The document isn’t ill-intentioned, but this does impact over a hundred existing Northside and Fall Creek homes and apartments, and quite reasonably would have a negative financial impact on them, whether they plan to sell or if they rent out space. There is nothing on record that these residents have been notified of this proposal. City staff don’t even seem comfortable with the proposal as-is, they don’t think Fall Creek residents are substantially impacted and suggested a cutoff at Route 13, but the 1200 square foot radius seems to be the version being considered right now, paying a trip to city attorneys to see if it’s legal to apply it to all rentals, a detail added at the meeting. Honestly, this doesn’t seem well thought out at this time, and poses a burden to existing homeowners who have not been made aware because of the lack of sufficient outreach.

3. Arthaus and Library Place have had their tax abatement requests approved, on 7-0 and 6-1 votes. The former will bring 124 affordable housing units including special needs housing and artist-centric amenities to the city of Ithaca at 130 Cherry Street. The latter will provide 66 senior housing units on the former Library property on the 300 Block of North Cayuga Street. Arthaus is expected to start construction at the end of the year, while Library Place will resume this month, with completions in 2021 and 2020 respectively.

County legislator Leslyn McBean-Clairborne voted against the Library Place proposal, citing some of the concerns raise over the lack of affordable housing (three units will now be 80% area median income) and general discontent with the site. In my intro post to the project, I mentioned if vaguely that there was a legislator who thought the affordable housing, condominiums, and Travis Hyde projects were all terrible – that was McBean-Clairborne, who has generally favored county offices on the site instead of housing. The county did a study to consider renovating the old library for offices back in 2011, a couple years before the RFP, but the study found it was financially prohibitive because of the building’s unusual interior layout (that soaring 1960s atrium wasn’t a good use of space, and wouldn’t have been cheap to replace).

4. Carpenter Park is also moving forward, in this case with the pursuit of its special PUD zoning. The project is seeking the PUD because of some quirks in yard setbacks, and soil tests showing that they couldn’t place some of the parking underground as initially planned (so now it’s in an above ground garage between the ground-floor retail and the apartments in Buildings B and C). The project would bring about 411,600 SF of new space, including 208 apartments (42 affordable) and an expansion of Cayuga Medical Center’s medical offices, resulting in the creation of 150 jobs. The vote was 4-1, with councilor Brock opposed. The full council will vote on the PUD next month, and then the project can go to the planning board for design review. Keep in mind that the above designs might change somewhat, though the general scale and program mix should stay the same.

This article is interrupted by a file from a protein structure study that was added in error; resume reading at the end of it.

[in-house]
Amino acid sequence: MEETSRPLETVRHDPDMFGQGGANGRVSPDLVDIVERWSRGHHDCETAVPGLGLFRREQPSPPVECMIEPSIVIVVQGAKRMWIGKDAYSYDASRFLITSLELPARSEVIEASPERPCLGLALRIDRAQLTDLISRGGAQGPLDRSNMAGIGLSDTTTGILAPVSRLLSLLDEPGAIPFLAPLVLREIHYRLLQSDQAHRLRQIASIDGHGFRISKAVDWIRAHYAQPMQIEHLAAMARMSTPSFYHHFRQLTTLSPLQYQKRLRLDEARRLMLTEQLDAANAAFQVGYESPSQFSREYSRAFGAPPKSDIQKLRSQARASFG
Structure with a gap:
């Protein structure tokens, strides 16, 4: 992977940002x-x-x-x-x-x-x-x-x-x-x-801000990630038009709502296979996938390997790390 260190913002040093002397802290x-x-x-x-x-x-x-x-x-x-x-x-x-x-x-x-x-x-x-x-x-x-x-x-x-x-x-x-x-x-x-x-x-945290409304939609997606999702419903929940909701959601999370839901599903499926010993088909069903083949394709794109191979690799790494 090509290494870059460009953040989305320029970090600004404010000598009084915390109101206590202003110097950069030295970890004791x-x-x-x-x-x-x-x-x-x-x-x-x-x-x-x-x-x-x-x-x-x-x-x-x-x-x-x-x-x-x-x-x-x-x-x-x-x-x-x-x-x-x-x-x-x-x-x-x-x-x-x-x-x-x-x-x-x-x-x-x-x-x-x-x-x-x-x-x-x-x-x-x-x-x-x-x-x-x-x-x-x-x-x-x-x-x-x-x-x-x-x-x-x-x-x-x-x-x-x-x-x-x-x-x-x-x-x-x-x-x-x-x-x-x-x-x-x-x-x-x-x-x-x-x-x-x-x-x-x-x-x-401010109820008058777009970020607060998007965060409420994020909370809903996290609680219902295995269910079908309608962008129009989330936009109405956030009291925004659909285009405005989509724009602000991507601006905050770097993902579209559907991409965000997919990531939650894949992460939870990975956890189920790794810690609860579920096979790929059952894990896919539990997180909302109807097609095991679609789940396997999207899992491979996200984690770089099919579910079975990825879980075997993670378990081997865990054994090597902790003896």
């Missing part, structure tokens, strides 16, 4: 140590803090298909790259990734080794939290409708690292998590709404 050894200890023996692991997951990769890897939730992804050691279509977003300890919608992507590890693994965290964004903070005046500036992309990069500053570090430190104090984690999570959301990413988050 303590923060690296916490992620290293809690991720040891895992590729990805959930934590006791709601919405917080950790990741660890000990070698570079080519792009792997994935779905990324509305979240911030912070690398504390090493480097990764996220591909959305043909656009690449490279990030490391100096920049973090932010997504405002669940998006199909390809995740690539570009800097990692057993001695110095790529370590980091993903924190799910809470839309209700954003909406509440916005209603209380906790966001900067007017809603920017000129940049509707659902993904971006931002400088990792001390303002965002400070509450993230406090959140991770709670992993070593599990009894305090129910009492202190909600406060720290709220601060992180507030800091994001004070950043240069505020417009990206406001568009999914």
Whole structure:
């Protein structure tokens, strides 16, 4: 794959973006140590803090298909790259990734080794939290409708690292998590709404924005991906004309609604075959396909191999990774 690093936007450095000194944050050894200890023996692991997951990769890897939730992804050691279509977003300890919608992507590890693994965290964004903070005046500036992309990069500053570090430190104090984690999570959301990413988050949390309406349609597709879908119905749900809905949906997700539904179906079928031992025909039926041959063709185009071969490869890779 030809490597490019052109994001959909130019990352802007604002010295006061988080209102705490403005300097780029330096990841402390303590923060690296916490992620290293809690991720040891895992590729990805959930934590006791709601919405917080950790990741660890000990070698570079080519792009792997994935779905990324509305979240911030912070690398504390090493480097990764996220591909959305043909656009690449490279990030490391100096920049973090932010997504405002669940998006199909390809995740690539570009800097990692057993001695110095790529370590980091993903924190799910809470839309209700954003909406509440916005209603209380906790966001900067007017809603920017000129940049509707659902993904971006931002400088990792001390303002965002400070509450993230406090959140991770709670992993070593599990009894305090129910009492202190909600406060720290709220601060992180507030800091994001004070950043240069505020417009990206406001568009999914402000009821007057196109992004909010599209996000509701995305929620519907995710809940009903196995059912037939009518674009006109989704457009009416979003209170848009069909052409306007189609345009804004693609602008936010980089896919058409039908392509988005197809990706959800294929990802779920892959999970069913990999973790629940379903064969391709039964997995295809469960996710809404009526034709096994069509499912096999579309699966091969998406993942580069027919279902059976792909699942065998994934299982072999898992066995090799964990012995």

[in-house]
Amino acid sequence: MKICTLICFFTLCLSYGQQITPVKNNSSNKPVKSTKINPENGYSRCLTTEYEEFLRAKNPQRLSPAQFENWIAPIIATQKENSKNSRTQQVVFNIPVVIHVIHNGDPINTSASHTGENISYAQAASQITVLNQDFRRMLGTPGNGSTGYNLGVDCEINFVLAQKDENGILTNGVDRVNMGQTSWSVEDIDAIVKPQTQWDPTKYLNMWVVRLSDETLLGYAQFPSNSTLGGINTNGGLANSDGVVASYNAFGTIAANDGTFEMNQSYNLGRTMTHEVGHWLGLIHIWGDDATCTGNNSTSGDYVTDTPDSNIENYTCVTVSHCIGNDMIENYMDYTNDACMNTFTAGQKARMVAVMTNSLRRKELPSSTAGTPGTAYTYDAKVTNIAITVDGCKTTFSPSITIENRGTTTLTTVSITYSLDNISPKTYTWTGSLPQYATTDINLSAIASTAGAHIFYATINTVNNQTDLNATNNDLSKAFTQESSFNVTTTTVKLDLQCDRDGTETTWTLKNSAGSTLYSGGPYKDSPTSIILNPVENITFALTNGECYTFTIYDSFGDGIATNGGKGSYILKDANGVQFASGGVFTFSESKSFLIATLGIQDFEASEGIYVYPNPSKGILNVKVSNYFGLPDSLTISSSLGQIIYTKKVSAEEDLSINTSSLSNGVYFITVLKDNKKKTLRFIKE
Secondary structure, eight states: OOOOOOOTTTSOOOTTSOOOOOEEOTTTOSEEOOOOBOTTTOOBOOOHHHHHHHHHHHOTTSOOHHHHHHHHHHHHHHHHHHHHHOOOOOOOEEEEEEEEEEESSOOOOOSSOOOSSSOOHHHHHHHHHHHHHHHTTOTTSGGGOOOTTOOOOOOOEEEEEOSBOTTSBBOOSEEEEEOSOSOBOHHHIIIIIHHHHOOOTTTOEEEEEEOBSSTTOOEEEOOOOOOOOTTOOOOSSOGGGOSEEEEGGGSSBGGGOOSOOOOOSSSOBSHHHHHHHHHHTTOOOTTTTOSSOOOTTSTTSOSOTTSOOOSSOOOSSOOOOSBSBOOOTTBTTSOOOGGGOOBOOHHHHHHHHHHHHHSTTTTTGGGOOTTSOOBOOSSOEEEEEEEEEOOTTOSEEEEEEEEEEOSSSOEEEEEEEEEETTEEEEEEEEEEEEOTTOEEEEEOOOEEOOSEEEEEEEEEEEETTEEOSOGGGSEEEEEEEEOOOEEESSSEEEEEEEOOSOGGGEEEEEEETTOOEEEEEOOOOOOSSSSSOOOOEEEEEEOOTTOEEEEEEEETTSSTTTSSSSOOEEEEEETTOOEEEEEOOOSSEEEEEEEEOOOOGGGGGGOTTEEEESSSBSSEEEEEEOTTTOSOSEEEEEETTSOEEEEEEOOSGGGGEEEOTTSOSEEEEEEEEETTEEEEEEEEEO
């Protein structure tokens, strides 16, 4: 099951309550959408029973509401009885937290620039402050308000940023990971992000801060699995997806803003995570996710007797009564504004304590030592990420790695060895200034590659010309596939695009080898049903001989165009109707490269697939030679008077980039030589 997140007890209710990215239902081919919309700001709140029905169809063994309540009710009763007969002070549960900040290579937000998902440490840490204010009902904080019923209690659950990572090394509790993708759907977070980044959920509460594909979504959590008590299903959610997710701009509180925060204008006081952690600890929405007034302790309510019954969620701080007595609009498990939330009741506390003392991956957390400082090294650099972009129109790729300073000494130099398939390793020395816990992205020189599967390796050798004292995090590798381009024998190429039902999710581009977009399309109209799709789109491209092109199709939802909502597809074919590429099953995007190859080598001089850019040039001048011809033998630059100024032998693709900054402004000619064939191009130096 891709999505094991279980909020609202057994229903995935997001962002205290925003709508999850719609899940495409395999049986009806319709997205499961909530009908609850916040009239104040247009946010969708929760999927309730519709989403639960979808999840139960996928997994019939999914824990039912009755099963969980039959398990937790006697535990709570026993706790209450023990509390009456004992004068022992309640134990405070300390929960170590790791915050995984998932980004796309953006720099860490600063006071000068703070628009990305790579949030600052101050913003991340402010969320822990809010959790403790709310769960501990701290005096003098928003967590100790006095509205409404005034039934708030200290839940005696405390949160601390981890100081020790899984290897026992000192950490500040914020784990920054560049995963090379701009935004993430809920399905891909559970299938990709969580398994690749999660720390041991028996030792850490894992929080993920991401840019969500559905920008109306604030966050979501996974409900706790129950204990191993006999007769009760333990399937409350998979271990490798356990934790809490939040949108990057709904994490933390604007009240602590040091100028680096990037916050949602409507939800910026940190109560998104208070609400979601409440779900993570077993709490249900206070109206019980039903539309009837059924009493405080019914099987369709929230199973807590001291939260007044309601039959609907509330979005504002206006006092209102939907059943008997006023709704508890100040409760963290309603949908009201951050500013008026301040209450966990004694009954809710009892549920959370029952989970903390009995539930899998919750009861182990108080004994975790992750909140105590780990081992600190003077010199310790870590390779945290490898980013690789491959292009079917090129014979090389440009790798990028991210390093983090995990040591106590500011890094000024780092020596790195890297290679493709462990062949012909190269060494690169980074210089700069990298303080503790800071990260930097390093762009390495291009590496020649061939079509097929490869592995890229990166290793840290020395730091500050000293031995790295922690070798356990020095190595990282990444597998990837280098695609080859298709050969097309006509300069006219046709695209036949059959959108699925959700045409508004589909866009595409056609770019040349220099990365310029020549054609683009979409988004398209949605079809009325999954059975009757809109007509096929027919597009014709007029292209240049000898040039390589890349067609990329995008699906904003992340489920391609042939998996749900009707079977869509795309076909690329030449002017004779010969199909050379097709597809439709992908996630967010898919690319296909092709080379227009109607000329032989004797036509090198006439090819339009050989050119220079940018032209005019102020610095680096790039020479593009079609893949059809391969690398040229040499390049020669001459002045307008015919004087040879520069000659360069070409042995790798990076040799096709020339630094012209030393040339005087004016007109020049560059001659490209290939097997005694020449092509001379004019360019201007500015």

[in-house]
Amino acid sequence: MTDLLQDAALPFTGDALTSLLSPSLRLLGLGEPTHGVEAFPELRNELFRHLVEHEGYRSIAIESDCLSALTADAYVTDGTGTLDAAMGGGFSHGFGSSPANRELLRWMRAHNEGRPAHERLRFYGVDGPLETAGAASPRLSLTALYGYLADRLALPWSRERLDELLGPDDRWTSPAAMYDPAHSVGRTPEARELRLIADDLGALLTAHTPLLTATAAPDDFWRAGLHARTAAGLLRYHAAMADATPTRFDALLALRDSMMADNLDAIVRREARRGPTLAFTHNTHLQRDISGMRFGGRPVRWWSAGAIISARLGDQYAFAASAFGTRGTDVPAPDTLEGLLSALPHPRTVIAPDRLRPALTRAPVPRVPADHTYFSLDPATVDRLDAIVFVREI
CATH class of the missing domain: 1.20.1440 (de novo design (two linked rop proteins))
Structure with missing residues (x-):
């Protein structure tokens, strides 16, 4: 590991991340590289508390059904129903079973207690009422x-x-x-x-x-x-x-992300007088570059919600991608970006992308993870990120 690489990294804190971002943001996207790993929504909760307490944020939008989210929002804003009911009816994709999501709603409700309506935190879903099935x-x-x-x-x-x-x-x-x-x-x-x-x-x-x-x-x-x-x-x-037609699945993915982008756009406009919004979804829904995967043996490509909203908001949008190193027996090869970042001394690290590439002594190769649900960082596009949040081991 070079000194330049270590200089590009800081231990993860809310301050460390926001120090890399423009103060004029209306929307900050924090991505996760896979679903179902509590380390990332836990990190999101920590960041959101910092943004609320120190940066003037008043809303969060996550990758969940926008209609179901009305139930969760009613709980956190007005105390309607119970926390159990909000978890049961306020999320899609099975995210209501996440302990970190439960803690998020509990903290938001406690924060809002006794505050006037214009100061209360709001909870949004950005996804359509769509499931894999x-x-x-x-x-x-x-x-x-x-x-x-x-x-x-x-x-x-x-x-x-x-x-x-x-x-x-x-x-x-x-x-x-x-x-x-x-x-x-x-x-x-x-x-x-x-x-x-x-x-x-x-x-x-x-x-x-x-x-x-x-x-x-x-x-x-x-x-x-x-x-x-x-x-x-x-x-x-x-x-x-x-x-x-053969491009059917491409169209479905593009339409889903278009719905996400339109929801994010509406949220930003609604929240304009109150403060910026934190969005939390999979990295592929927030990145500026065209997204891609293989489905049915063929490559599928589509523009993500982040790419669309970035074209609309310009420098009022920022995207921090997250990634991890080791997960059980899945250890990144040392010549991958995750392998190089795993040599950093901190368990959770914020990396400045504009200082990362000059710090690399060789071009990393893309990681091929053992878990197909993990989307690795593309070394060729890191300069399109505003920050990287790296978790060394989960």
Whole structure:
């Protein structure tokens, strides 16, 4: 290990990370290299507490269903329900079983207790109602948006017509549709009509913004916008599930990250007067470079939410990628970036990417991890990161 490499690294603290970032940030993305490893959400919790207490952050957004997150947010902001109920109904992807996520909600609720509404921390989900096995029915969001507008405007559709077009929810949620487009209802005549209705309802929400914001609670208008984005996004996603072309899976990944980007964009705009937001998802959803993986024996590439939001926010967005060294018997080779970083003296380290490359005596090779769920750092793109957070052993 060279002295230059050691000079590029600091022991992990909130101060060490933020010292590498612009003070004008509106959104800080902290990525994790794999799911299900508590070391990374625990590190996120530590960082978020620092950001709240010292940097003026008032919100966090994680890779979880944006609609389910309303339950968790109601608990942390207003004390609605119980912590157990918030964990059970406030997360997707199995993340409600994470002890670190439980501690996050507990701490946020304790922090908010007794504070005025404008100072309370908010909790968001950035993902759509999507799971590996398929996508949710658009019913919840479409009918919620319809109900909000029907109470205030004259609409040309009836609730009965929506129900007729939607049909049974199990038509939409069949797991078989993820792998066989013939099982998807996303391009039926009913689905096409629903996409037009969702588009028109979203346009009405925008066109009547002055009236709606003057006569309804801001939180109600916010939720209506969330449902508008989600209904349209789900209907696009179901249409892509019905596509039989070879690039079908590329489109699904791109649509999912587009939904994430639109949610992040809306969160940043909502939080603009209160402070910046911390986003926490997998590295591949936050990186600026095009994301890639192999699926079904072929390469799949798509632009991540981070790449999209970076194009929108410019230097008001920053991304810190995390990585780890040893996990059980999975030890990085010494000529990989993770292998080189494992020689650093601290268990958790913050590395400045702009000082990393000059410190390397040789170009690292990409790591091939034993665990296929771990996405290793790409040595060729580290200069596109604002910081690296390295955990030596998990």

5. The Tompkins County Airport has received a $9,999,990 grant, as announced by U.S. Senator Chuck Schumer at a press conference earlier this week. The county was strongly hoping these funds would come through. With the state grant, it means the county is only paying about $260,000 of the $24.5 million bill. Click the link here to learn more about the airport expansion project.

6. The Gun Hill Residences appear to be in the process of selling. A real estate trade magazine notes Southeastern U.S. regional bank SunTrust is giving the buyer a $13.3 million acquisition loan for DMG Investments LLC. DMG Investments is an American subsidiary of a Chinese development firm, DoThink Group of Hangzhou. The company has been active in upstate recently. DMG co-owns a new 322-bed student housing apartment in Albany and has projects scattered across the country. The full sales price has not been discolosed, as the deed has yet to be filed. It was noted that the ca. 1989, 94-unit, 273-bed Gun Hill Residences on Lake Street was nearly completely full at the time of closing (late spring, which is reasonable given a couple of kids might have washed out of Cornell or otherwise moved out). The property was previously owned by Rochester’s Morgan Communities, which was raided by the FBI last year. Morgan purchased the property in February 2011 for $6.15 million, and the current county assessment for Gun Hill is $12.65 million.

OLD render

NEW render

7. Some modest revisions to the Immaculate Conception School plans. Old render first, new render second. The design of the renovated school building has changed substantially, though the overall size has remained consistent. The changes could be due to any number of reasons, from cost concerns to utilities placements necessitating design changes. The single-family homes have been replaced with a four-string of townhomes, and the yellow string has been earmarked for for-sale units.

If I may – make one of the olive green townhome strings red or orange like the houses that have been removed. Keeps it from being so “matchy-matchy”, to borrow a JoAnn Cornish term. More renders can be found on INHS’s sparkling new website here.

On that note, on Monday May 13th the City of Ithaca will hold a Public Information Session for the proposed PUD (Planned Unit Development) for the Immaculate Conception School redevelopment. The Public Information Session will begin at 4:00 PM, in the Common Council Chambers in City Hall. In accordance with the requirements of the PUD, the developer and project team will present information about the project and answer questions from the public.